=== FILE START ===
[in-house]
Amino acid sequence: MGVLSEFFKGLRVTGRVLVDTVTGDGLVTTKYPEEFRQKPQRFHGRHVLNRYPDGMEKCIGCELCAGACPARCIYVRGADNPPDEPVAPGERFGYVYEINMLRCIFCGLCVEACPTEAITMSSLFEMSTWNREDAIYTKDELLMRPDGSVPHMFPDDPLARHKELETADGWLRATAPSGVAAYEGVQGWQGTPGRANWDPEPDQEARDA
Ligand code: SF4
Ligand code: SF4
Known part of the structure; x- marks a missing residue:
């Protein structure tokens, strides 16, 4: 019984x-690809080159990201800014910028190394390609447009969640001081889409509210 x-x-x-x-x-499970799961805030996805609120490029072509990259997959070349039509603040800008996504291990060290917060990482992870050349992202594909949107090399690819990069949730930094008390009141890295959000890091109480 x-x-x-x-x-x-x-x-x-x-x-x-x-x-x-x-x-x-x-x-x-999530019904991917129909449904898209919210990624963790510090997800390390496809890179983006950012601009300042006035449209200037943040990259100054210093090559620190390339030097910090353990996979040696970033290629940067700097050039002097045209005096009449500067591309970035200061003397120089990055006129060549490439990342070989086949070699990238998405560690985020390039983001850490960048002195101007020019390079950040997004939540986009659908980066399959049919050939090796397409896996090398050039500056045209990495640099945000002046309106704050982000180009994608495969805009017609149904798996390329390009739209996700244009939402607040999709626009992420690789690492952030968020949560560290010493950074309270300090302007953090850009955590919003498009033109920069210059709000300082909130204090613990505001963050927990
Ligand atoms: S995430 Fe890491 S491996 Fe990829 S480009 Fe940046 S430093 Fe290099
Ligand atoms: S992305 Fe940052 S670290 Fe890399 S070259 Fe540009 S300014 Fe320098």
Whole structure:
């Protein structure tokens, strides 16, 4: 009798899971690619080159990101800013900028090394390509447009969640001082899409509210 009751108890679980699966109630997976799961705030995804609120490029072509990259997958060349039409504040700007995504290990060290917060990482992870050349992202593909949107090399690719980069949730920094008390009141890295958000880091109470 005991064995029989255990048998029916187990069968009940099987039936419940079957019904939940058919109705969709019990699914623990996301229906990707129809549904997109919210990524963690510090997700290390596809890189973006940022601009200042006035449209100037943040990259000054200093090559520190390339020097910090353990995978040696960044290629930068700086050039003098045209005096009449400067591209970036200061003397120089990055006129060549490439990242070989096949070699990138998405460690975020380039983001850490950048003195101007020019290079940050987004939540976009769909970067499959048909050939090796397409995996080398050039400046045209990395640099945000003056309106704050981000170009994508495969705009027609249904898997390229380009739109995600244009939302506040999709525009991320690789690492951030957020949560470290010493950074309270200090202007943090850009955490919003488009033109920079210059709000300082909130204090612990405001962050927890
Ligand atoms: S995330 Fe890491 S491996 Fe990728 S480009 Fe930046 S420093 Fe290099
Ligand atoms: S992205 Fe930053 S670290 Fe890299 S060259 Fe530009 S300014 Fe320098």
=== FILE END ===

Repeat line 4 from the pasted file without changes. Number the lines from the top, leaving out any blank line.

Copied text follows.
Ligand code: SF4